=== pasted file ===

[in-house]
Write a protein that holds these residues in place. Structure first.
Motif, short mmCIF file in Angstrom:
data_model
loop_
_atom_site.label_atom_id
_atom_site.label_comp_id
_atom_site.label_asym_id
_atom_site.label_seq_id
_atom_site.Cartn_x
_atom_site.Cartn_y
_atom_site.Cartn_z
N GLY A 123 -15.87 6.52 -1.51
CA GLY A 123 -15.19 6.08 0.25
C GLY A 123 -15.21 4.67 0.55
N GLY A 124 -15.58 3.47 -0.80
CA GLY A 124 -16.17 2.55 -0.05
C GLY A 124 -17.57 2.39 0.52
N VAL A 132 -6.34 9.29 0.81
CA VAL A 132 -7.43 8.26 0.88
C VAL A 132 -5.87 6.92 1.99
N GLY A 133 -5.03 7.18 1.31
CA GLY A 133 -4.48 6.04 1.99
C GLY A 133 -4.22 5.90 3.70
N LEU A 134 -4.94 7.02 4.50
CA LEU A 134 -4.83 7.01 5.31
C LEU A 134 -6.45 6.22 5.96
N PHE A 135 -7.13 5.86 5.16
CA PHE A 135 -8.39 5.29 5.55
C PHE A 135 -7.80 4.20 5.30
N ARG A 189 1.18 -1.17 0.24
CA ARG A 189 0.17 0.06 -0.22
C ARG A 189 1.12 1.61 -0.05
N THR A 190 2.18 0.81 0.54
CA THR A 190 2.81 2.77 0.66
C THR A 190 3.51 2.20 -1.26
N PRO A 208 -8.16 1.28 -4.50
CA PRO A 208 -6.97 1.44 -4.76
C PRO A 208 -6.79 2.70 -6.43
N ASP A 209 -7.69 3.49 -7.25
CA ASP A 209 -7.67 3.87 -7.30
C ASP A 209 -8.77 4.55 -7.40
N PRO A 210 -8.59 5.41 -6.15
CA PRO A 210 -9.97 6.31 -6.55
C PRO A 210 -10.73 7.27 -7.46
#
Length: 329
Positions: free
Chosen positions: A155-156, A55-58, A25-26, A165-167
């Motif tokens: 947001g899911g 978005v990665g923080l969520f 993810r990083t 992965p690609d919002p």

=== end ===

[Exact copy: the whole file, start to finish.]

[in-house]
Write a protein that holds these residues in place. Structure first.
Motif, short mmCIF file in Angstrom:
data_model
loop_
_atom_site.label_atom_id
_atom_site.label_comp_id
_atom_site.label_asym_id
_atom_site.label_seq_id
_atom_site.Cartn_x
_atom_site.Cartn_y
_atom_site.Cartn_z
N GLY A 123 -15.87 6.52 -1.51
CA GLY A 123 -15.19 6.08 0.25
C GLY A 123 -15.21 4.67 0.55
N GLY A 124 -15.58 3.47 -0.80
CA GLY A 124 -16.17 2.55 -0.05
C GLY A 124 -17.57 2.39 0.52
N VAL A 132 -6.34 9.29 0.81
CA VAL A 132 -7.43 8.26 0.88
C VAL A 132 -5.87 6.92 1.99
N GLY A 133 -5.03 7.18 1.31
CA GLY A 133 -4.48 6.04 1.99
C GLY A 133 -4.22 5.90 3.70
N LEU A 134 -4.94 7.02 4.50
CA LEU A 134 -4.83 7.01 5.31
C LEU A 134 -6.45 6.22 5.96
N PHE A 135 -7.13 5.86 5.16
CA PHE A 135 -8.39 5.29 5.55
C PHE A 135 -7.80 4.20 5.30
N ARG A 189 1.18 -1.17 0.24
CA ARG A 189 0.17 0.06 -0.22
C ARG A 189 1.12 1.61 -0.05
N THR A 190 2.18 0.81 0.54
CA THR A 190 2.81 2.77 0.66
C THR A 190 3.51 2.20 -1.26
N PRO A 208 -8.16 1.28 -4.50
CA PRO A 208 -6.97 1.44 -4.76
C PRO A 208 -6.79 2.70 -6.43
N ASP A 209 -7.69 3.49 -7.25
CA ASP A 209 -7.67 3.87 -7.30
C ASP A 209 -8.77 4.55 -7.40
N PRO A 210 -8.59 5.41 -6.15
CA PRO A 210 -9.97 6.31 -6.55
C PRO A 210 -10.73 7.27 -7.46
#
Length: 329
Positions: free
Chosen positions: A155-156, A55-58, A25-26, A165-167
């Motif tokens: 947001g899911g 978005v990665g923080l969520f 993810r990083t 992965p690609d919002p």